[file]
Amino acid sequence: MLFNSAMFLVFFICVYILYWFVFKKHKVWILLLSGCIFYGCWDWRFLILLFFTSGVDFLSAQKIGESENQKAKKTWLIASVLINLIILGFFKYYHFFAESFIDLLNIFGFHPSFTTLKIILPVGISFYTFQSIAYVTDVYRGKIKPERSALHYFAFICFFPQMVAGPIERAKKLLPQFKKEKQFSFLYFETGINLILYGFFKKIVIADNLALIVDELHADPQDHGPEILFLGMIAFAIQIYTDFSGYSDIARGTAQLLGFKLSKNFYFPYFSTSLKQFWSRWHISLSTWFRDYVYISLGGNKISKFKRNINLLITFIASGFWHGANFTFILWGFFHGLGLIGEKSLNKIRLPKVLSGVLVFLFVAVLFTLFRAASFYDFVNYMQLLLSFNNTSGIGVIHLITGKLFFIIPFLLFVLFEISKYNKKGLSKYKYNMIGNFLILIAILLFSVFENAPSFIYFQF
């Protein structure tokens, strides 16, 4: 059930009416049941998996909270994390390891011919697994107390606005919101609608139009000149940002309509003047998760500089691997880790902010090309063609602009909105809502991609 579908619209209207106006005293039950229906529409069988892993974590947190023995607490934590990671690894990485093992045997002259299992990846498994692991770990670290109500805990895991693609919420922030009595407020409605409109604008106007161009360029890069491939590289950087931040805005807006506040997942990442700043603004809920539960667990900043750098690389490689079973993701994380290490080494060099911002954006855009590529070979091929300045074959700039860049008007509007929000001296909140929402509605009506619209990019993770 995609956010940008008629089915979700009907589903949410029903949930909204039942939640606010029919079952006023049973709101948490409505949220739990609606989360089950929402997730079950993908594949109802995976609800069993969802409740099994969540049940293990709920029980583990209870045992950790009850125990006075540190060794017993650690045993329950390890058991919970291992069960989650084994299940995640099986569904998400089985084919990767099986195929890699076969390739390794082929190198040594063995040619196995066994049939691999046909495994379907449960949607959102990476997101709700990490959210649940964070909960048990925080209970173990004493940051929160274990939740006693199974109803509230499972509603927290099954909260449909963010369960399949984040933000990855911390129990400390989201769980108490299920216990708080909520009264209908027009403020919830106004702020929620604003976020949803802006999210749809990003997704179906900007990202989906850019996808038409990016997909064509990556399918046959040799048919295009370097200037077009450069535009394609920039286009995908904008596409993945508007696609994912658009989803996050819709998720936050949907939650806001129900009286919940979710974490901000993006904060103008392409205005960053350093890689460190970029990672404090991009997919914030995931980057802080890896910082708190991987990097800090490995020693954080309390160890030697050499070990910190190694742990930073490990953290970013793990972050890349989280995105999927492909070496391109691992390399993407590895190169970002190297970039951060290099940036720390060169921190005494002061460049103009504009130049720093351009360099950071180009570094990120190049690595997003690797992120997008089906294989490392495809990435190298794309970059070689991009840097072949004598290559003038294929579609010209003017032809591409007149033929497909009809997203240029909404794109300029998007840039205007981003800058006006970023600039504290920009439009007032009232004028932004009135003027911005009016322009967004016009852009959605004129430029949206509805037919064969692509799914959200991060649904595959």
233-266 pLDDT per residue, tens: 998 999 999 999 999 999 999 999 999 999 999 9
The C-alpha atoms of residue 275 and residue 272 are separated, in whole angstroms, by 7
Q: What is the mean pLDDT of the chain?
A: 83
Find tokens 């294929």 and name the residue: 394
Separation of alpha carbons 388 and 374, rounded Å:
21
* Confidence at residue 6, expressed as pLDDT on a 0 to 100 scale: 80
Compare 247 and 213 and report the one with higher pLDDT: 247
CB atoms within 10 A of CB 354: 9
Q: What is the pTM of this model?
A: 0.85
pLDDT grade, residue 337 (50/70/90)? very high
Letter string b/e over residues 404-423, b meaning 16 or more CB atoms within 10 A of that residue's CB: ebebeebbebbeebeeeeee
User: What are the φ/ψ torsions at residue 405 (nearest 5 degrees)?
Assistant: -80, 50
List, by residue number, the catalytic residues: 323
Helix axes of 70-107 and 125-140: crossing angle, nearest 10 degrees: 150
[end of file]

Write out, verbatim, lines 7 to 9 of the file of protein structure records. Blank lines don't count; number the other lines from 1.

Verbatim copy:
Find tokens 């294929």 and name the residue: 394
Separation of alpha carbons 388 and 374, rounded Å:
21